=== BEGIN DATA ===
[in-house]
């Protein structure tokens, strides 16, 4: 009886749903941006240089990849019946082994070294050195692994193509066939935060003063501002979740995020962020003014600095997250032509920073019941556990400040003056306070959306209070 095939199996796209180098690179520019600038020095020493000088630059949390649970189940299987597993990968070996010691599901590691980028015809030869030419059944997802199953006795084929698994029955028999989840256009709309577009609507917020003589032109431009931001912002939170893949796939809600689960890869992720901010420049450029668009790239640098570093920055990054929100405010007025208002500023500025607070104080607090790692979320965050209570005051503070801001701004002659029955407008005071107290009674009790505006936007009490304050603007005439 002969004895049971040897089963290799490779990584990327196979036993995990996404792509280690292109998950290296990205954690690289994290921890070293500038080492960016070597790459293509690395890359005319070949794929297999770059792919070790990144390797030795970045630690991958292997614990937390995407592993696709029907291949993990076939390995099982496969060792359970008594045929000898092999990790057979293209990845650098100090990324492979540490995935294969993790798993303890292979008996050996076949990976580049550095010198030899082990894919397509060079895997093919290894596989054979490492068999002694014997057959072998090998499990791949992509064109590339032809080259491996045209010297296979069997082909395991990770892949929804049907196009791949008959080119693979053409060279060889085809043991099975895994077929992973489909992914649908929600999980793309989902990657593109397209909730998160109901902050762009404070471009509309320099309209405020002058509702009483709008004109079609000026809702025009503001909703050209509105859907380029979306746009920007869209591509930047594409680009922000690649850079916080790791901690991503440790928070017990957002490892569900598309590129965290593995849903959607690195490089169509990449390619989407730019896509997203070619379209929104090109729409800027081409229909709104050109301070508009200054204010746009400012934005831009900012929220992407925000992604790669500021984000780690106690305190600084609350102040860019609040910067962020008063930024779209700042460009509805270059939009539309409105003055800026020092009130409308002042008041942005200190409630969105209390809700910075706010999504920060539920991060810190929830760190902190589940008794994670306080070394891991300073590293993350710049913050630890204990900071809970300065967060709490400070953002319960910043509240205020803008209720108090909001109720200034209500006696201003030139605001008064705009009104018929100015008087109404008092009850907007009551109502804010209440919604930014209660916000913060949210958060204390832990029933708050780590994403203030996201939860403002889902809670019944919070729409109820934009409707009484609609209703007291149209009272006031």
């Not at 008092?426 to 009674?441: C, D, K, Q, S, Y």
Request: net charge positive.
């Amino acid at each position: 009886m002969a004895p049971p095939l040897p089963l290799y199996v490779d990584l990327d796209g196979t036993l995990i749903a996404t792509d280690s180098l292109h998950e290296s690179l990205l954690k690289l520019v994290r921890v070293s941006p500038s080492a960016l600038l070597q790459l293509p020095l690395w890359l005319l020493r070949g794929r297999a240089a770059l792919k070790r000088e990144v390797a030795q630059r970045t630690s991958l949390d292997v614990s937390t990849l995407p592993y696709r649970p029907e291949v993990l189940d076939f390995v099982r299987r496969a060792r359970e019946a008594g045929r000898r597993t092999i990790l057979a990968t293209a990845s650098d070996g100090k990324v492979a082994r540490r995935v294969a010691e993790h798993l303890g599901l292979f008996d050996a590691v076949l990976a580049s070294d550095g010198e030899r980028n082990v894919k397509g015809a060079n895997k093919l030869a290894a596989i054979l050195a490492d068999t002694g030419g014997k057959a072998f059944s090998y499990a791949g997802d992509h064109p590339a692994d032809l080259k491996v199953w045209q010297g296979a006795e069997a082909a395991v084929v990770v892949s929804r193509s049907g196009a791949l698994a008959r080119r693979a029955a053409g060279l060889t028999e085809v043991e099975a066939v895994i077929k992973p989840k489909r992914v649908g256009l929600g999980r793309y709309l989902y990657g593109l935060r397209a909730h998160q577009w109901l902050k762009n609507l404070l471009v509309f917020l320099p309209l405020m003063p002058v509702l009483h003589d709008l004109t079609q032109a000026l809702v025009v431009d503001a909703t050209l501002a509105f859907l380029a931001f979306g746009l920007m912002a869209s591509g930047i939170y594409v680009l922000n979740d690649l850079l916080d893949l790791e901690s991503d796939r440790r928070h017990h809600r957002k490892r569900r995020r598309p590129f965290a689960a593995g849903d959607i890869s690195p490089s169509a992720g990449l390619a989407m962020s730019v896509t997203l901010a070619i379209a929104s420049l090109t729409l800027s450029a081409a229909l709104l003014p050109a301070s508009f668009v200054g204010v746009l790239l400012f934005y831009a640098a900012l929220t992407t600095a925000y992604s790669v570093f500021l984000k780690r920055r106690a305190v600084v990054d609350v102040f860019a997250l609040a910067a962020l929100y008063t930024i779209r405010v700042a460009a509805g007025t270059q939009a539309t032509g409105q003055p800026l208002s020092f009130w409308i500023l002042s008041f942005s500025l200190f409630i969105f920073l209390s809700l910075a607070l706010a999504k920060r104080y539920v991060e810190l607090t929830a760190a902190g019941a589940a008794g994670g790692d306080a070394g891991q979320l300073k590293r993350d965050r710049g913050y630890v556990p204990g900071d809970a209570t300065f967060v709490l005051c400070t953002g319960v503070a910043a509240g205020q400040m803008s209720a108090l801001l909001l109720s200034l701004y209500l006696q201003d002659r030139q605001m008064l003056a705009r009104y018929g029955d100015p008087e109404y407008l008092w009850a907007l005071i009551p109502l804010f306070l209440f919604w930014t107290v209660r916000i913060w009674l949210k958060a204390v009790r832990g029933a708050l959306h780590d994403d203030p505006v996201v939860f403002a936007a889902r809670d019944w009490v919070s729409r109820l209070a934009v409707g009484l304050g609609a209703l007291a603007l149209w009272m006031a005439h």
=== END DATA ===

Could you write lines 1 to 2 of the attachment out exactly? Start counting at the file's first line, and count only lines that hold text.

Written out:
[in-house]
């Protein structure tokens, strides 16, 4: 009886749903941006240089990849019946082994070294050195692994193509066939935060003063501002979740995020962020003014600095997250032509920073019941556990400040003056306070959306209070 095939199996796209180098690179520019600038020095020493000088630059949390649970189940299987597993990968070996010691599901590691980028015809030869030419059944997802199953006795084929698994029955028999989840256009709309577009609507917020003589032109431009931001912002939170893949796939809600689960890869992720901010420049450029668009790239640098570093920055990054929100405010007025208002500023500025607070104080607090790692979320965050209570005051503070801001701004002659029955407008005071107290009674009790505006936007009490304050603007005439 002969004895049971040897089963290799490779990584990327196979036993995990996404792509280690292109998950290296990205954690690289994290921890070293500038080492960016070597790459293509690395890359005319070949794929297999770059792919070790990144390797030795970045630690991958292997614990937390995407592993696709029907291949993990076939390995099982496969060792359970008594045929000898092999990790057979293209990845650098100090990324492979540490995935294969993790798993303890292979008996050996076949990976580049550095010198030899082990894919397509060079895997093919290894596989054979490492068999002694014997057959072998090998499990791949992509064109590339032809080259491996045209010297296979069997082909395991990770892949929804049907196009791949008959080119693979053409060279060889085809043991099975895994077929992973489909992914649908929600999980793309989902990657593109397209909730998160109901902050762009404070471009509309320099309209405020002058509702009483709008004109079609000026809702025009503001909703050209509105859907380029979306746009920007869209591509930047594409680009922000690649850079916080790791901690991503440790928070017990957002490892569900598309590129965290593995849903959607690195490089169509990449390619989407730019896509997203070619379209929104090109729409800027081409229909709104050109301070508009200054204010746009400012934005831009900012929220992407925000992604790669500021984000780690106690305190600084609350102040860019609040910067962020008063930024779209700042460009509805270059939009539309409105003055800026020092009130409308002042008041942005200190409630969105209390809700910075706010999504920060539920991060810190929830760190902190589940008794994670306080070394891991300073590293993350710049913050630890204990900071809970300065967060709490400070953002319960910043509240205020803008209720108090909001109720200034209500006696201003030139605001008064705009009104018929100015008087109404008092009850907007009551109502804010209440919604930014209660916000913060949210958060204390832990029933708050780590994403203030996201939860403002889902809670019944919070729409109820934009409707009484609609209703007291149209009272006031």